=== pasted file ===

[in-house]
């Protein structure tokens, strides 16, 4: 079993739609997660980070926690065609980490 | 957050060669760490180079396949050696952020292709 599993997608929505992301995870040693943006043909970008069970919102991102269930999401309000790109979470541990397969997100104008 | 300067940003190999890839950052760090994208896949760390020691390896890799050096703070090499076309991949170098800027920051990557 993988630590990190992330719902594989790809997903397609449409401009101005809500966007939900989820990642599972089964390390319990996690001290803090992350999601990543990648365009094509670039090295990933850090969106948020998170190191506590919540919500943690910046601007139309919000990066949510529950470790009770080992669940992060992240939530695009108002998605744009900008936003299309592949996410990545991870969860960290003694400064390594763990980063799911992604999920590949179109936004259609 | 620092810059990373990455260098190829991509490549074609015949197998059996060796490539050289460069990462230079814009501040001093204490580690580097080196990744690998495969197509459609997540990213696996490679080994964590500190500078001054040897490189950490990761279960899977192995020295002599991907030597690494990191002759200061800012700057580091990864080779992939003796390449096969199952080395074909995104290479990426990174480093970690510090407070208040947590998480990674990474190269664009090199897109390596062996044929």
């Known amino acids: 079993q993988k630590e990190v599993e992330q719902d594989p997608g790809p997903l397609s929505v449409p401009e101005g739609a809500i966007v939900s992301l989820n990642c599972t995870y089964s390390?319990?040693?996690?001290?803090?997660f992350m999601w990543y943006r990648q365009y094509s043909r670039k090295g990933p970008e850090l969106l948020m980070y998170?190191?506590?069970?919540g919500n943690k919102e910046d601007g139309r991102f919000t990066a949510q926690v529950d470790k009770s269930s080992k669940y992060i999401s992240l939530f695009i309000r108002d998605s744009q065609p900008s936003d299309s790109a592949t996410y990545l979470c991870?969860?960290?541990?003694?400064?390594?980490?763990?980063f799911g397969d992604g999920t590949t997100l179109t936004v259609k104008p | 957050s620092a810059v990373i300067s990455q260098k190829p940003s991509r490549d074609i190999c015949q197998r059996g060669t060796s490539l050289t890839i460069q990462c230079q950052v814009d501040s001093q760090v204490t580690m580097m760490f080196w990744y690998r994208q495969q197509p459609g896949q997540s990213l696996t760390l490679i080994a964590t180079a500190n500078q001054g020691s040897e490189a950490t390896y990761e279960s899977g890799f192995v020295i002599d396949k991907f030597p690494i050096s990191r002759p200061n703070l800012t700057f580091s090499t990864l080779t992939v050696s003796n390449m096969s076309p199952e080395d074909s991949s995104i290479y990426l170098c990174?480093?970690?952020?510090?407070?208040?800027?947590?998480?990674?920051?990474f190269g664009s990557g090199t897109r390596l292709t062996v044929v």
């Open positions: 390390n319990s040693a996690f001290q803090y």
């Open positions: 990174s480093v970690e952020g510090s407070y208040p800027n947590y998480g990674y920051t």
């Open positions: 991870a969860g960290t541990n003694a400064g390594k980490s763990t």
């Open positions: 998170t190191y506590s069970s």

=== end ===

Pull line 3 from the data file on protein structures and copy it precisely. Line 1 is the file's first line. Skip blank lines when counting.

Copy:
């Known amino acids: 079993q993988k630590e990190v599993e992330q719902d594989p997608g790809p997903l397609s929505v449409p401009e101005g739609a809500i966007v939900s992301l989820n990642c599972t995870y089964s390390?319990?040693?996690?001290?803090?997660f992350m999601w990543y943006r990648q365009y094509s043909r670039k090295g990933p970008e850090l969106l948020m980070y998170?190191?506590?069970?919540g919500n943690k919102e910046d601007g139309r991102f919000t990066a949510q926690v529950d470790k009770s269930s080992k669940y992060i999401s992240l939530f695009i309000r108002d998605s744009q065609p900008s936003d299309s790109a592949t996410y990545l979470c991870?969860?960290?541990?003694?400064?390594?980490?763990?980063f799911g397969d992604g999920t590949t997100l179109t936004v259609k104008p | 957050s620092a810059v990373i300067s990455q260098k190829p940003s991509r490549d074609i190999c015949q197998r059996g060669t060796s490539l050289t890839i460069q990462c230079q950052v814009d501040s001093q760090v204490t580690m580097m760490f080196w990744y690998r994208q495969q197509p459609g896949q997540s990213l696996t760390l490679i080994a964590t180079a500190n500078q001054g020691s040897e490189a950490t390896y990761e279960s899977g890799f192995v020295i002599d396949k991907f030597p690494i050096s990191r002759p200061n703070l800012t700057f580091s090499t990864l080779t992939v050696s003796n390449m096969s076309p199952e080395d074909s991949s995104i290479y990426l170098c990174?480093?970690?952020?510090?407070?208040?800027?947590?998480?990674?920051?990474f190269g664009s990557g090199t897109r390596l292709t062996v044929v």